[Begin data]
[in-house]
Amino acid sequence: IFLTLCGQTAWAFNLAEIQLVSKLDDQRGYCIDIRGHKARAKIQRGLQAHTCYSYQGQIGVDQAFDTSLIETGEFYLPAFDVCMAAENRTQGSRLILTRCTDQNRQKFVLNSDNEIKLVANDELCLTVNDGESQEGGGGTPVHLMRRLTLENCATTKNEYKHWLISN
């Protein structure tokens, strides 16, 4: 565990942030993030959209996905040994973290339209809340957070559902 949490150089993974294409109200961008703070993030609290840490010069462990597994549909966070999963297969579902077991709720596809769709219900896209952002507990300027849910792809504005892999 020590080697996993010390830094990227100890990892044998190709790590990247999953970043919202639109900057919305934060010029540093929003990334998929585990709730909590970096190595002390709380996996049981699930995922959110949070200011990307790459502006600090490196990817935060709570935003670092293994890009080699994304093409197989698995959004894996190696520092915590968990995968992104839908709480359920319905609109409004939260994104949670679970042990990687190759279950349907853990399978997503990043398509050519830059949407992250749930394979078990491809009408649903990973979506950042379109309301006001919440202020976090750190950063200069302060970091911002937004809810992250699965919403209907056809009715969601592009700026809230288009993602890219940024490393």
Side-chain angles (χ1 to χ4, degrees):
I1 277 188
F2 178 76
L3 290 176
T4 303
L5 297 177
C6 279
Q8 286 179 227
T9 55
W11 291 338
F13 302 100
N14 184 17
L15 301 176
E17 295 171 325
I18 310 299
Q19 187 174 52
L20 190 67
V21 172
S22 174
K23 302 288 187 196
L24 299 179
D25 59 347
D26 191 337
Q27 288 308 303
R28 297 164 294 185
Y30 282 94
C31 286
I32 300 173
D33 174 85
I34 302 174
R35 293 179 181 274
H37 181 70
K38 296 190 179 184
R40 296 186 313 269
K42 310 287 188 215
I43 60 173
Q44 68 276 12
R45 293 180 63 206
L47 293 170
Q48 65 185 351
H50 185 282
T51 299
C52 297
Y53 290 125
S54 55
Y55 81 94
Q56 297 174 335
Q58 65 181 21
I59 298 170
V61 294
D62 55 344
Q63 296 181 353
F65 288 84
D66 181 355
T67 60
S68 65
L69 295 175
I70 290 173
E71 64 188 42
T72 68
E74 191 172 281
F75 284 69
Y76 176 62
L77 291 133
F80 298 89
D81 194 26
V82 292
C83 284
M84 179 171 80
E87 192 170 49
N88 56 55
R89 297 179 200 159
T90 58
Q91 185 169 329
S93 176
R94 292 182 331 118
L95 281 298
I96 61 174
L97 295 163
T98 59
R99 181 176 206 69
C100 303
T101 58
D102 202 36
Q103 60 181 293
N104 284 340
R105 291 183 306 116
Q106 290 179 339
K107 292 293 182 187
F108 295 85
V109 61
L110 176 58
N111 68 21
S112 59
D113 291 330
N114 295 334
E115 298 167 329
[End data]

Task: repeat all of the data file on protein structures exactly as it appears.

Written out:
[in-house]
Amino acid sequence: IFLTLCGQTAWAFNLAEIQLVSKLDDQRGYCIDIRGHKARAKIQRGLQAHTCYSYQGQIGVDQAFDTSLIETGEFYLPAFDVCMAAENRTQGSRLILTRCTDQNRQKFVLNSDNEIKLVANDELCLTVNDGESQEGGGGTPVHLMRRLTLENCATTKNEYKHWLISN
């Protein structure tokens, strides 16, 4: 565990942030993030959209996905040994973290339209809340957070559902 949490150089993974294409109200961008703070993030609290840490010069462990597994549909966070999963297969579902077991709720596809769709219900896209952002507990300027849910792809504005892999 020590080697996993010390830094990227100890990892044998190709790590990247999953970043919202639109900057919305934060010029540093929003990334998929585990709730909590970096190595002390709380996996049981699930995922959110949070200011990307790459502006600090490196990817935060709570935003670092293994890009080699994304093409197989698995959004894996190696520092915590968990995968992104839908709480359920319905609109409004939260994104949670679970042990990687190759279950349907853990399978997503990043398509050519830059949407992250749930394979078990491809009408649903990973979506950042379109309301006001919440202020976090750190950063200069302060970091911002937004809810992250699965919403209907056809009715969601592009700026809230288009993602890219940024490393």
Side-chain angles (χ1 to χ4, degrees):
I1 277 188
F2 178 76
L3 290 176
T4 303
L5 297 177
C6 279
Q8 286 179 227
T9 55
W11 291 338
F13 302 100
N14 184 17
L15 301 176
E17 295 171 325
I18 310 299
Q19 187 174 52
L20 190 67
V21 172
S22 174
K23 302 288 187 196
L24 299 179
D25 59 347
D26 191 337
Q27 288 308 303
R28 297 164 294 185
Y30 282 94
C31 286
I32 300 173
D33 174 85
I34 302 174
R35 293 179 181 274
H37 181 70
K38 296 190 179 184
R40 296 186 313 269
K42 310 287 188 215
I43 60 173
Q44 68 276 12
R45 293 180 63 206
L47 293 170
Q48 65 185 351
H50 185 282
T51 299
C52 297
Y53 290 125
S54 55
Y55 81 94
Q56 297 174 335
Q58 65 181 21
I59 298 170
V61 294
D62 55 344
Q63 296 181 353
F65 288 84
D66 181 355
T67 60
S68 65
L69 295 175
I70 290 173
E71 64 188 42
T72 68
E74 191 172 281
F75 284 69
Y76 176 62
L77 291 133
F80 298 89
D81 194 26
V82 292
C83 284
M84 179 171 80
E87 192 170 49
N88 56 55
R89 297 179 200 159
T90 58
Q91 185 169 329
S93 176
R94 292 182 331 118
L95 281 298
I96 61 174
L97 295 163
T98 59
R99 181 176 206 69
C100 303
T101 58
D102 202 36
Q103 60 181 293
N104 284 340
R105 291 183 306 116
Q106 290 179 339
K107 292 293 182 187
F108 295 85
V109 61
L110 176 58
N111 68 21
S112 59
D113 291 330
N114 295 334
E115 298 167 329